When, in fact, the call to love God and others, and to make disciples, shapes our values, forms our identity, and guides our plans and responses to the world around us.  To the extent that this is true for us, we will expect Jesus’ way to guide us in every dimension of life, whether personal or public.  Thus, we will seek to discern how best to respond to whatever the issue, and whoever the candidate, in the way that best reflects the claim of God and Messiah Jesus upon the whole world with all of its people, and then will take action with awareness that such “political” actions guided by such faith become the powerful means by which God carries his redeeming story forward in our day.

Far from separating the faith from politics, the biblical account of faith rising from its revelation of God in Jesus Messiah, requires an integration of faith and politics.  Perhaps, better, it requires a transformative shaping of our political views, responses and strategies by our faith.  As a result, we will not seek political action that we think will best accomplish the goals of faith; rather, we will seek political action that best reflects the way of Jesus and trust God to carry the redemptive story to its conclusion.  We are not primarily political problem-solvers but solution-witnesses in word and deed in every arena including the political arena.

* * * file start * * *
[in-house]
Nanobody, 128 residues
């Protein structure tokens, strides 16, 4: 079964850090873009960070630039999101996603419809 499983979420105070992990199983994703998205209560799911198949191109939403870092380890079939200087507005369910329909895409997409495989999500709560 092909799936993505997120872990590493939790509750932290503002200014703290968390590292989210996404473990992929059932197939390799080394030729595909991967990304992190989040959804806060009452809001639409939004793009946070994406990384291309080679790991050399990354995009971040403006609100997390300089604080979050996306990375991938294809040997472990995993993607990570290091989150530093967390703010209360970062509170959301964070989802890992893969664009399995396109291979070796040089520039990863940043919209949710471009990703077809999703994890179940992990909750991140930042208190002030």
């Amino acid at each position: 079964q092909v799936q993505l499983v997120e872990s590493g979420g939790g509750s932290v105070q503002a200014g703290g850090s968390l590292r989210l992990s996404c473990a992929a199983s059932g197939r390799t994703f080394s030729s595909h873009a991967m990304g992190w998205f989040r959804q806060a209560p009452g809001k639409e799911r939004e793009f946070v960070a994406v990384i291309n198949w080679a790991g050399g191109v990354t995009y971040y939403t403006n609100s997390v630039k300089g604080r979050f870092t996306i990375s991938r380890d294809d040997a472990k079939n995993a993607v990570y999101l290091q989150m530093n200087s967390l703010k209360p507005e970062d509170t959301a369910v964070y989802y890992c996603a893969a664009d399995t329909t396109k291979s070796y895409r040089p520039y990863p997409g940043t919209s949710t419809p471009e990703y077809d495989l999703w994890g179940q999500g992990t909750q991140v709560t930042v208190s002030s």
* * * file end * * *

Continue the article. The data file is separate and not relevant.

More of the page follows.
David Kendall
By David Kendall

Reverend David W. Kendall, an ordained elder in the Great Plains Conference, was elected to the office of bishop of the Free Methodist Church in May 2005. He serves as overseer of East Michigan, Gateway, Great Plains, Mid-America, North Central, North Michigan, Ohio, Southern Michigan, Wabash, African Area Annual Conferences; and Coordinator of oversight for the World Ministries Center.